Compassion and Understanding
I was talking to a friend recently who lives in Minnesota, who got me thinking about compassion and understanding. Last month the Midwest and Eastern states experienced the Polar Vortex. Temperatures dipped to -30°F with wind chills hovering near -70°F. Schools, businesses, restaurants, malls and even the mail was canceled during the coldest of these days. If work was not canceled, but an employee was going to be late or couldn’t make it in because their car wouldn’t start or they didn’t have childcare usually the boss was more than understanding.
“We’re all in this together.” was how my friend explained this phenomenon of people bending over backward to be accommodating and understanding during stressful times.
Neighborhood pages on Facebook and Next Door, online areas that can be filled with bickering and name calling, because places where people reached out to one another to see if anyone needed help with anything. Getting a meal, fixing the furnace, starting the car, and just checking in to make sure everyone was okay. It was wonderful to experience this much goodwill.
It’s no surprise that people come together in difficult times, we all do that. If someone is late for work, or can’t make the appointment and there is some kind of disaster taking place, we’re understanding and compassionate. We may be slightly inconvenienced because an employee didn’t make it to work or an appointment had to be canceled, but we know it is for the best, make accommodations and move on.
Why don’t we do this on a daily basis and when there is no disaster?
Imagine if we could all let the little things roll off our backs? Imagine if we showed compassion and understanding at all times, not just during disastrous times? Helping one another because we can and not worrying about getting credit or getting anything in return, what a wonderful way to live.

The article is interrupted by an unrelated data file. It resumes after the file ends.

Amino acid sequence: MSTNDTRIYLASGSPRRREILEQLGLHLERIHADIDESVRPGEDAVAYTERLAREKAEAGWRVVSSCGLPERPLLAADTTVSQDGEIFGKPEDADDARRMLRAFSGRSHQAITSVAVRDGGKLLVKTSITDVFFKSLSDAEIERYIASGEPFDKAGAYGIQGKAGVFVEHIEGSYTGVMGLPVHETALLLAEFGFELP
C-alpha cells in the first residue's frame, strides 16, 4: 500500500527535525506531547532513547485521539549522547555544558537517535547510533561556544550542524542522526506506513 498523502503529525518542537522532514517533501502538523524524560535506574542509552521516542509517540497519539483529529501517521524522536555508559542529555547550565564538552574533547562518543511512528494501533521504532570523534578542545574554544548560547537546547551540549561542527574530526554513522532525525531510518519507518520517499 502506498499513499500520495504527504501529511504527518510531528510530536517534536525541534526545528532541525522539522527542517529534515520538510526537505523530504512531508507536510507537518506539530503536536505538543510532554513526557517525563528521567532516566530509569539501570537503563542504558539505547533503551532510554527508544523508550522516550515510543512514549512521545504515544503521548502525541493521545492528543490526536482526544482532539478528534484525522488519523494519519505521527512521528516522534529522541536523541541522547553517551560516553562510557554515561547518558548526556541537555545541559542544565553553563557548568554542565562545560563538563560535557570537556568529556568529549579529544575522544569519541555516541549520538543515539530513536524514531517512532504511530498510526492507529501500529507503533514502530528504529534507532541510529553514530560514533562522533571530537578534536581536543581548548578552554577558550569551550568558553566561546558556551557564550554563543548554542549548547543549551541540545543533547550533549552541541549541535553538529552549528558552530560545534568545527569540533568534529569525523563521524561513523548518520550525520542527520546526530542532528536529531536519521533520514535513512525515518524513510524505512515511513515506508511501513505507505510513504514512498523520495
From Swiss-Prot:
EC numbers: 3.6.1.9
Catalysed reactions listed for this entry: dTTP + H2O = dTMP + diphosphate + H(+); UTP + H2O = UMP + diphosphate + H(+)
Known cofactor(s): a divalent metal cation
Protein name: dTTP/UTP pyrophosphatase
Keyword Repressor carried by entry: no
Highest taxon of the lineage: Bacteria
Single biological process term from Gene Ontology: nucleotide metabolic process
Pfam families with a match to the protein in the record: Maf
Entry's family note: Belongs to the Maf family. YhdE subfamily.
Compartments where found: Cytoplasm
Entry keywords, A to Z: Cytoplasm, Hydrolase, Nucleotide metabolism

I know that life gets in the way sometimes. Just driving can kick off so many negative emotions and then we react – and not often in the affirmative. Instead of reacting, we should practice responding. We should respond as we would if there was a disaster taking place – with kindness, compassion and understanding that things are not at their optimal and we should be accommodating.
Like the recent government shutdown, people pulled together to help those who were struggling to pay their bills and put food on the table. We see this time and time again, and yet in our day to day lives we let our irritations get the better of us.
At any given time, someone is living a disaster. It might not be on the scale of the recent Polar Vortex, or a hurricane or 7.0 earthquake, but everyone is fighting something at any given time so we should just treat everyone with kindness, compassion and understanding, even if we have no knowledge of the struggle they are going through.
Disaster, while horrible, brings us together. We’re all in this together, let’s treat each other with kindness, compassion and understanding in the best of times.